Why You Need to Know the Difference Between Secured and Unsecured Debts


You might think that all your debts are equal. In your mind, there might not be any difference between your auto loan, student loan, and credit card bills.

But there is one major difference: Some of your debts are unsecured, and some are secured. It's important to know the difference if you run into a financial crisis and you don't have enough money to pay all your bills on time. (See also: Pay These Bills First When Money Is Tight)

If you stop paying secured debt, you might lose your home, car, or other assets. If you stop paying unsecured debt, your credit score will take a major hit, but you won't lose your shelter or your car.

Secured vs. unsecured debt

Secured debt is tied to an asset. Think of mortgages and auto loans.

In a mortgage, the money you borrow is connected to your home, which your lenders consider collateral. If you stop making your payments, your lender can start foreclosure proceedings to take possession of your home.

In an auto loan, your car serves as collateral. If you stop making payments on this debt, your lender can take possession of your car.

The collateral on secured debts is a way for lenders to protect themselves when passing out large loans. Borrowers aren't as likely to stop making payments if they know doing so could cost them an asset. And if borrowers do stop making payments, lenders can recover some of their losses by taking possession of the collateral and selling it.

Unsecured debt does not have any collateral behind it and is not tied to any asset. The most common kind of unsecured debt is credit card debt. Student loan debt and medical bills are also examples of unsecured debt.

If you fall behind on unsecured debt, your lenders generally have no collateral to take over.

The consequences

This doesn't mean that falling behind on your unsecured debt payments comes without consequence. First, your credit score will take a hit. If you make a credit card payment or payment on another unsecured debt more than 30 days past due, your payment will be considered officially late. You can expect your credit score to fall by 100 points or more. (See also: 5 Simple Ways to Never Make a Late Credit Card Payment)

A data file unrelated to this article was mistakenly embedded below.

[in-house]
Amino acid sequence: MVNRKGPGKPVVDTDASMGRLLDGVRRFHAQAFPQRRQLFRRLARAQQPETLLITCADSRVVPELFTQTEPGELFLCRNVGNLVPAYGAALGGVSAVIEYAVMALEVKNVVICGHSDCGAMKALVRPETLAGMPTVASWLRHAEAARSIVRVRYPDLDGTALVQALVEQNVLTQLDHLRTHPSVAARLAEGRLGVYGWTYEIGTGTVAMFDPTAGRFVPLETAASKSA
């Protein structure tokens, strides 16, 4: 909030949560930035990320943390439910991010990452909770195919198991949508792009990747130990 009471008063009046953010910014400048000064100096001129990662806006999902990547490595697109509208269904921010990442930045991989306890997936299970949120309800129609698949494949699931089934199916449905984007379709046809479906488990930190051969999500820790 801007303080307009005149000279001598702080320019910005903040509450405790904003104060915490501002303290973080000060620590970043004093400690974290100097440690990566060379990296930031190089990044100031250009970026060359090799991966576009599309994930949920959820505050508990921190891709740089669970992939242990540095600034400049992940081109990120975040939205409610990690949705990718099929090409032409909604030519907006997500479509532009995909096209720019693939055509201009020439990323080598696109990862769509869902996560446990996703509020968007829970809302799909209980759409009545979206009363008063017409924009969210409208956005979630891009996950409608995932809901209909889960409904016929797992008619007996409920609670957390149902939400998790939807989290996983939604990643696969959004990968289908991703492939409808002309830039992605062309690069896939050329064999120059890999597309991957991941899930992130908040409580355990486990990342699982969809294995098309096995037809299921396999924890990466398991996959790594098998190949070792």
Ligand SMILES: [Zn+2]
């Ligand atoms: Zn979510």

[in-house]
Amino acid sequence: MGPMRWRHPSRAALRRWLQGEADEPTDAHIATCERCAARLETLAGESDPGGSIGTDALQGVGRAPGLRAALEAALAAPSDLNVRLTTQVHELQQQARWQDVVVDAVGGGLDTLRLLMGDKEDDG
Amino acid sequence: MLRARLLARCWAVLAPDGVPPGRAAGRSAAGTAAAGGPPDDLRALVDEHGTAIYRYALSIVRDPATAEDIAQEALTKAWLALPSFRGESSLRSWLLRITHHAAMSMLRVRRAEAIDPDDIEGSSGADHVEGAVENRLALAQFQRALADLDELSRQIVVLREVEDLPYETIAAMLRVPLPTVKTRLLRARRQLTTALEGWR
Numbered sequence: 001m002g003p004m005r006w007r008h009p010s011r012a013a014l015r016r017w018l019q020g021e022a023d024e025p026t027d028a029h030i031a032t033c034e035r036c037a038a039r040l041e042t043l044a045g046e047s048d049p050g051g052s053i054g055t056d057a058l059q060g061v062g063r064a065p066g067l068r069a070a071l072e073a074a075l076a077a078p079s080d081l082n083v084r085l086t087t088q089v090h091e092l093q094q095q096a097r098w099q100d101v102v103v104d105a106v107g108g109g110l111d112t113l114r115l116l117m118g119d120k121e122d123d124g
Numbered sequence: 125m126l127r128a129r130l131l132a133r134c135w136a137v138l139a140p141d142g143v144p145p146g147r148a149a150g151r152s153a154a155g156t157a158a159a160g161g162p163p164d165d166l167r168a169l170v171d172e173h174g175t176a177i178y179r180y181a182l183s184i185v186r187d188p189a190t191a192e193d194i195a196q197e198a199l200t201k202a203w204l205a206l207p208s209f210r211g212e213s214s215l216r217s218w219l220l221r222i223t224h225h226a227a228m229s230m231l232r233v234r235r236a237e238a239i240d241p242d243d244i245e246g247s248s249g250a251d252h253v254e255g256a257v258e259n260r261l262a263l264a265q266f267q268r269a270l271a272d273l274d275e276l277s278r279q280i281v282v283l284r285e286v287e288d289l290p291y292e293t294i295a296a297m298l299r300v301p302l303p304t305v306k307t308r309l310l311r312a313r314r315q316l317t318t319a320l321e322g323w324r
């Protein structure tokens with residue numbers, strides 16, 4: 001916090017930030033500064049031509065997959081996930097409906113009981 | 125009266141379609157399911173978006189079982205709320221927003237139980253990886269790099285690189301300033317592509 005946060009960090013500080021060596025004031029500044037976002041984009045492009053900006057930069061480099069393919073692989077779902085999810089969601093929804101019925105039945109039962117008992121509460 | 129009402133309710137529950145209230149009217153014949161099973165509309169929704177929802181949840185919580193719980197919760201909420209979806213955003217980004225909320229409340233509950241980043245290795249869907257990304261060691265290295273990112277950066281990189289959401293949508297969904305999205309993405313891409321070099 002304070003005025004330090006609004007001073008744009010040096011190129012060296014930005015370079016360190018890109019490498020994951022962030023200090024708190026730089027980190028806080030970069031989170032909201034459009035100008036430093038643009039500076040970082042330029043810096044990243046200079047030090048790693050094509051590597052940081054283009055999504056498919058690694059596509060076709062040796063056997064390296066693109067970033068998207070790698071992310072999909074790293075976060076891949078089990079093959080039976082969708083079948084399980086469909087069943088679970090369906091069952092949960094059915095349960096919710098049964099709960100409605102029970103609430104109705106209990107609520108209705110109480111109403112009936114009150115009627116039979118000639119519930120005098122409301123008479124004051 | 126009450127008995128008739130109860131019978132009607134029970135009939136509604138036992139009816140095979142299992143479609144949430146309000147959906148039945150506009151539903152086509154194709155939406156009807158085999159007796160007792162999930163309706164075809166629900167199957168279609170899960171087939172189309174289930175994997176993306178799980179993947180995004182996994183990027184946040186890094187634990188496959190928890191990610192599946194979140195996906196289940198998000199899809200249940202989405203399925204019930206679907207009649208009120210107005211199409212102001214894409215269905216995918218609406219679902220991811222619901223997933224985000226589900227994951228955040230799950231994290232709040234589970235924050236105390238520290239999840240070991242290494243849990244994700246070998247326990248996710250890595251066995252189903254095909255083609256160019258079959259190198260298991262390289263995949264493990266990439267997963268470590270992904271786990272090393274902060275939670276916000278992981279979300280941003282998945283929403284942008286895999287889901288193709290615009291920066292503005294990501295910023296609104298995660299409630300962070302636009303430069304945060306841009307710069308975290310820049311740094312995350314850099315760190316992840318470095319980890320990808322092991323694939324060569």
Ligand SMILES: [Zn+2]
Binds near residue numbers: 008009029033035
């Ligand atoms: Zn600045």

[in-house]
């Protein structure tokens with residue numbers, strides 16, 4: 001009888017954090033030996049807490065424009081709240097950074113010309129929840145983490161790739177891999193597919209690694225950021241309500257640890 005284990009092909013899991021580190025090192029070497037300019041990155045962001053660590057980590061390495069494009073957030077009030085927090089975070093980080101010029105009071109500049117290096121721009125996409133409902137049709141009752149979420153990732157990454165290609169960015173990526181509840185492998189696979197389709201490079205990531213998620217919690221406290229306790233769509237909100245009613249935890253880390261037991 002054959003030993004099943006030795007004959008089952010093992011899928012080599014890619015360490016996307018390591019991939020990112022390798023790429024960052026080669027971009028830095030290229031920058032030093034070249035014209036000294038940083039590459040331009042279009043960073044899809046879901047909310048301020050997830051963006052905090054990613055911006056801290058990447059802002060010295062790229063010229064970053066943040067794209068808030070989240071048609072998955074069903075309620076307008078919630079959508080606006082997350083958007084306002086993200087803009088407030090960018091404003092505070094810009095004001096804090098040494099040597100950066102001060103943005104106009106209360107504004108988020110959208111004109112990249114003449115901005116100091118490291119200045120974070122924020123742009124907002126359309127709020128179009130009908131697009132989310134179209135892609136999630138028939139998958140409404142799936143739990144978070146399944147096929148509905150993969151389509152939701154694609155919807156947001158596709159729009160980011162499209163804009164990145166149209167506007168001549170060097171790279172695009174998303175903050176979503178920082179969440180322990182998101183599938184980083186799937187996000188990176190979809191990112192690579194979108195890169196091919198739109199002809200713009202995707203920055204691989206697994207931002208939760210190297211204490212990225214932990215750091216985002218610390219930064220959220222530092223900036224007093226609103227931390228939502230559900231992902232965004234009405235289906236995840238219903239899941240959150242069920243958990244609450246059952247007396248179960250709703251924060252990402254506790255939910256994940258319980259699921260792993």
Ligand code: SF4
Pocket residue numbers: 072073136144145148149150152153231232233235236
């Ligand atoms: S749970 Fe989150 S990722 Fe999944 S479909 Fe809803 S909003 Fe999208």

This is a big deal: Lenders rely on your credit score to determine if you qualify for loans and at what interest rate. If your score is too low, you'll struggle to earn approval for loans. And if you do get that approval, the higher interest rates will make borrowing money more expensive.

Lenders can also take steps to force you to start paying what you owe on unsecured debts. They can hire a debt collector. They can also sue you to garnish your wages or put a lien on your assets to get you to pay.

Which should you pay first?

If you are hit with a financial crisis, and you can't pay all your bills on time for the month, it usually makes sense to pay your secured debts first. You don't want to take the chance of losing your home, car, or other assets.

Secured debts tend to be larger, too. For most people, the mortgage payment is the biggest bill they pay each month. It can be more difficult to catch up on missed payments if you fall behind on these larger bills.

The most common type of unsecured debt, credit cards, also come with more flexibility. You only have to pay the minimum required monthly payment on your credit card debt to avoid being hit with a late fee. You might pay off your secured debts first and then have enough money to pay at least the minimum on your credit cards.

Interest rates might play a role, too. Unsecured debt generally comes with higher interest rates. If you fall behind on these payments, the amount you owe can build quickly because of these higher rates. Skipping two or three credit card payments can quickly boost your overall debt on your cards.

Ideally, you'd never have to prioritize unsecured or secured debts, but would rather pay all your bills on time each month. But if you must make the difficult decision of which bills to pay and which to wait on, knowing the difference between secured and unsecured debt can help you make that call.

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